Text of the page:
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Is it Non-Credible to be Pro-Union?

Kate Bronfenbrenner is the director of labor research at Cornell University's School of Industrial and Labor Relations. This week, she released a new study entitled "No Holds Barred: The Intensification of Employer Opposition to Organizing." In it, Bronfenbrenner examined 1,004 randomly sampled NLRB certification elections that took place between January 1, 1999 and December 31, 2003 and surveyed participants in 562 of the campaigns. Her results are troubling, but not surprising.

Employers threatened to close the plant in 57% of elections, discharged workers in 34%, and threatened to cut wages and benefits in 47% of elections. Workers were forced to attend anti-union one-on-one sessions with a supervisor at least weekly in two-thirds of elections. In 63% of elections employers used supervisor one-on-one meetings to interrogate workers about who they or other workers supported, and in 54% used such sessions to threaten workers.

Nasty stuff, but hardly revelatory. Which makes this New York Times article on Bronfenbrenner's research all the weirder. It seems half-interested in quoting her study and half-interested in saying things like Bronfenbrenner "has often been criticized by business groups for her pro-union positions." Elsewhere, it quotes a member of the Chamber of Commerce saying, “Kate’s long been allied with the union movement and has issued studies in favor of the Employee Free Choice Act the last few years. She is certainly not an objective source.”

But what does that have to do with anything? This is a study. Either the data sets are sound or they are not sound. Either the elections were randomly chosen or they were not randomly chosen. Either the facts are correct or they are wrong. This is peer-reviewed work. It relied on information in the public domain. It can be checked. If the Times thinks Bronfenbrenner study is wrong, then they should either debunk it or not report on it. If the Chamber has a good argument against the data, then that should be reported. But letting members of the Chamber fling some mud in the general direction of Bronfenbrenner's credibility doesn't help anything. It's not as if they're "objective sources" either.

By Ezra Klein  |  May 20, 2009; 5:20 PM ET
Categories:  Unions  
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Comments

Is it peer reviewed? What journal?

Posted by: Drew_Miller_Hates_IDs_That_Dont_Allow_Spaces | May 20, 2009 5:38 PM | Report abuse

No it's not peer-reviewed. It was published by the Economic Policy Institute whose founder and current board member is Ezra's former colleague from the American Prospect - Bob Kuttner. What Ezra fails to mention is that the EPI is a mouthpiece for union interests - as a 2007 post from Laborpains.org points out:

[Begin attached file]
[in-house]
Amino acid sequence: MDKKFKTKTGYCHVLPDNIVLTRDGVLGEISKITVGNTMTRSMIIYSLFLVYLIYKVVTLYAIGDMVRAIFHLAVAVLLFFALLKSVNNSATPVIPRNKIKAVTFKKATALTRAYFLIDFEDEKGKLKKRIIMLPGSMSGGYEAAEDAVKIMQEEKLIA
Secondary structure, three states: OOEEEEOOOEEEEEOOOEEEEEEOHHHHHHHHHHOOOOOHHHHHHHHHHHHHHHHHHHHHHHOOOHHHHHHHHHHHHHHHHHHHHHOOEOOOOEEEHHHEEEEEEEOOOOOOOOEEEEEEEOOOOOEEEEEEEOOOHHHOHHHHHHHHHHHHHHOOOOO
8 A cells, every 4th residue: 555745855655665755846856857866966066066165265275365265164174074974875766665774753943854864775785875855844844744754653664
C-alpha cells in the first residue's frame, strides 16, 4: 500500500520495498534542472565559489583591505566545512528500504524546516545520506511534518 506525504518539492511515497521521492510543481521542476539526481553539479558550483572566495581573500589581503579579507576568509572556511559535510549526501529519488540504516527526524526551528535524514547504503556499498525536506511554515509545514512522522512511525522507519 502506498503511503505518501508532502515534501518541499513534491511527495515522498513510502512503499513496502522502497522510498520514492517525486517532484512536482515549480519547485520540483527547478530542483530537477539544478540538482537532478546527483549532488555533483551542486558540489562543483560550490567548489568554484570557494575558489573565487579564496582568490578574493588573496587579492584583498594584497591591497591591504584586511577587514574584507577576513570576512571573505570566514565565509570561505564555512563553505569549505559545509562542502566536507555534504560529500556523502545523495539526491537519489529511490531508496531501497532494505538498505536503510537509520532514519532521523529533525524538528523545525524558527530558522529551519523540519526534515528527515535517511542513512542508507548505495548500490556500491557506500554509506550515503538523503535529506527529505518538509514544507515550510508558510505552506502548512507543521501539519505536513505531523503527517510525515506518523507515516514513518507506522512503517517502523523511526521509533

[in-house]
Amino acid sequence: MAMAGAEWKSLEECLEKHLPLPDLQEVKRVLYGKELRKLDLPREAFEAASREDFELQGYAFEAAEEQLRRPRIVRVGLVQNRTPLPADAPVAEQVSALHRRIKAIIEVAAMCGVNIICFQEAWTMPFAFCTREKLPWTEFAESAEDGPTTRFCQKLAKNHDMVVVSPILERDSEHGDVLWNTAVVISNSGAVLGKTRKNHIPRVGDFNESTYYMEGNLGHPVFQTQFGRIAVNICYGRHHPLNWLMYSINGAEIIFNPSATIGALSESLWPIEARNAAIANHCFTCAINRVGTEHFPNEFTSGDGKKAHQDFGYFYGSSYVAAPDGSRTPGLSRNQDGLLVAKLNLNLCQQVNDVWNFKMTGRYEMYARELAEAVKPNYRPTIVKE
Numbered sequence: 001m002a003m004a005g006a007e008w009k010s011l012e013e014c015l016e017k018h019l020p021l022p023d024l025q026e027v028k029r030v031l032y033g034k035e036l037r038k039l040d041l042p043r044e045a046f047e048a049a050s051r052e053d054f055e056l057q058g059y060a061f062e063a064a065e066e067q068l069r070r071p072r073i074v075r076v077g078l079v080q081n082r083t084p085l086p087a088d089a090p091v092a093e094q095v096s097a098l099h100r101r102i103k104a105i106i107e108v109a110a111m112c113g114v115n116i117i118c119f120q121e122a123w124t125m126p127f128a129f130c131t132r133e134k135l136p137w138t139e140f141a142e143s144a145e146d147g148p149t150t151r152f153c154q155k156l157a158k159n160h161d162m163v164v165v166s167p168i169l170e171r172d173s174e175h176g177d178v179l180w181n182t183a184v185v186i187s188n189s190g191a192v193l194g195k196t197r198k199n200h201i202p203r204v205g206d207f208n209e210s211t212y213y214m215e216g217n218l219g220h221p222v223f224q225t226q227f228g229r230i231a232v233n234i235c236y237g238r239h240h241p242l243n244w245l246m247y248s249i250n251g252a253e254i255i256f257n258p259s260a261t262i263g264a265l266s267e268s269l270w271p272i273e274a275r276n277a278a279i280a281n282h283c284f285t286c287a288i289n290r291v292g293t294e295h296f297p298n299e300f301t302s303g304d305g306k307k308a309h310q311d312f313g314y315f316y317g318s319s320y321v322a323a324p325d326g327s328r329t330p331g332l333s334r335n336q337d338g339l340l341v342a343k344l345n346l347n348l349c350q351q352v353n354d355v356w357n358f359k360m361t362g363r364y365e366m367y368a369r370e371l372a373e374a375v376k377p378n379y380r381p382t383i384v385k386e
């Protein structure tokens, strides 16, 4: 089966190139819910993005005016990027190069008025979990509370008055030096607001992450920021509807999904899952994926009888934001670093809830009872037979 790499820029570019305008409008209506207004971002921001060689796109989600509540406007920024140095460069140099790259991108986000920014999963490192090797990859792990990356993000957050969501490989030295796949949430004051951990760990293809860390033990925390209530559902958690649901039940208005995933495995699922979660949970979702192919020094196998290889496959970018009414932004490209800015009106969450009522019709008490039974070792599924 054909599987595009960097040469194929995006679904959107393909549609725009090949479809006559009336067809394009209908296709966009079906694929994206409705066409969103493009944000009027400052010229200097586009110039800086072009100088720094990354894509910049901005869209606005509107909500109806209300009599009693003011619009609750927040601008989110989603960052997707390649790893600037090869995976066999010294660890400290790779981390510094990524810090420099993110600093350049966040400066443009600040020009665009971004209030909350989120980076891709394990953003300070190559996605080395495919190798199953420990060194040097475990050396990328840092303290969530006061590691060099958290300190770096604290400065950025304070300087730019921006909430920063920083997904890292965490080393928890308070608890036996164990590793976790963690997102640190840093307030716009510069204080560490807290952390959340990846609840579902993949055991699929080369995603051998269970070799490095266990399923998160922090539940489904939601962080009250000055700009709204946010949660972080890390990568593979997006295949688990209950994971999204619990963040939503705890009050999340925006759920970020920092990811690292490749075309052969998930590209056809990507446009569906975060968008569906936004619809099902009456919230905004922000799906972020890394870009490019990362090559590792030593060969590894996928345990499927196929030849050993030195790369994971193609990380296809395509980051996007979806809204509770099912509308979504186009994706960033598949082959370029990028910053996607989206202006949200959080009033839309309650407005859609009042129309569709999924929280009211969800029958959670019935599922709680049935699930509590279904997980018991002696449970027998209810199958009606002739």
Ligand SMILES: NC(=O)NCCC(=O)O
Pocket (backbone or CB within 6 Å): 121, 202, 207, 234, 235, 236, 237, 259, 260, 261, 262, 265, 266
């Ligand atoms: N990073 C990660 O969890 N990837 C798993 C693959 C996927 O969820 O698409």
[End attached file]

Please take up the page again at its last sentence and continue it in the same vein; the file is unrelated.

"The funding for the “Institute” is a who’s who of union largesse:

* $150,000 from the AFL-CIO, according to its most recent financial disclosure to the Department of Labor

* As The Wall Street Journal noted in October, “The Economic Policy Institute received $100,000 from the SEIU and $40,000 from the UFCW in 2005” – UFCW’s new financial figures from last week show another $48,000 for 2006

* $150,000 from the National Education Association for its 2006 fiscal year

* An eye-popping $550,000 from the American Federation of Teachers in 2005, plus another $160,000 in 2006

A quick look at the organization’s board of directors is even more telling. Gerald McEntee, the well-paid boss of AFSCME, is the chairman of the board. Here are some of the members of the labor front’s illustrious board:

* Machinists president Thomas Buffenbarger
* CWA president Larry Cohen
* Steelworkers president Leo Gerard
* UAW president Ron Gettelfinger
* AFT president Ed McElroy
* AFL-CIO number-two Richard “I Plead the Fifth” Trumka
* UNITE HERE president Bruce Raynor
* SEIU president Andy Stern
"

So to answer Ezra's original question, research published by EPI is about as credible on the topic of labor issues, as the ExxonMobil-fronted policy think tanks that deny climate change exists.

Posted by: APThyssen | May 20, 2009 7:36 PM | Report abuse

Are anti-union studies funded by anti-union private foundation more credible?

Who funded the study has little to do with how credible it is.

Posted by: harold3 | May 20, 2009 11:39 PM | Report abuse

Spot on. This seems to be a habit of anti-Employee Free Choice groups. Ari Rabin Havt at Media Matters wrote this to the Heritage Foundation today:

"First, writing "Read the bill" over and over again does not constitute an argument or contradict our claims in any way. We did read the bill and reached conclusions based on the facts. "

http://mediamattersaction.org/blog/200905200008

But on the Bronfenbrenner study, I have a nomination for Chart of the Day:

http://www.changetowin.org/connect/images/no-holds-barred-chart.jpg

Posted by: michaelwhitney | May 21, 2009 12:04 AM | Report abuse

Why should we be arguing over the tactics of union suppression? If you want to clarify substantive issues, maybe you should address what sort of consequences the presence of unions have had on the economy, as that might offer some insight into the consequences of their abolition.

The techniques employers use to subvert elections are beside the point; that employers exert any influence over that election process is like letting the Israelis run Palestinian elections: if that doesn't break the rules, the rules aren't worth spit. The sad truth is that, by and large, employers will cut wages to increase their profits, and then wonder why nobody's buying their goods. If you live in a small town, you understand that employees and customers are the same people, but corporate management understands operating statements, but not their place in the community.

It may be that unionization makes for better corporate citizens. Certainly it requires major issues to be subjected to debate, rather than automatically decided to the detriment of labor.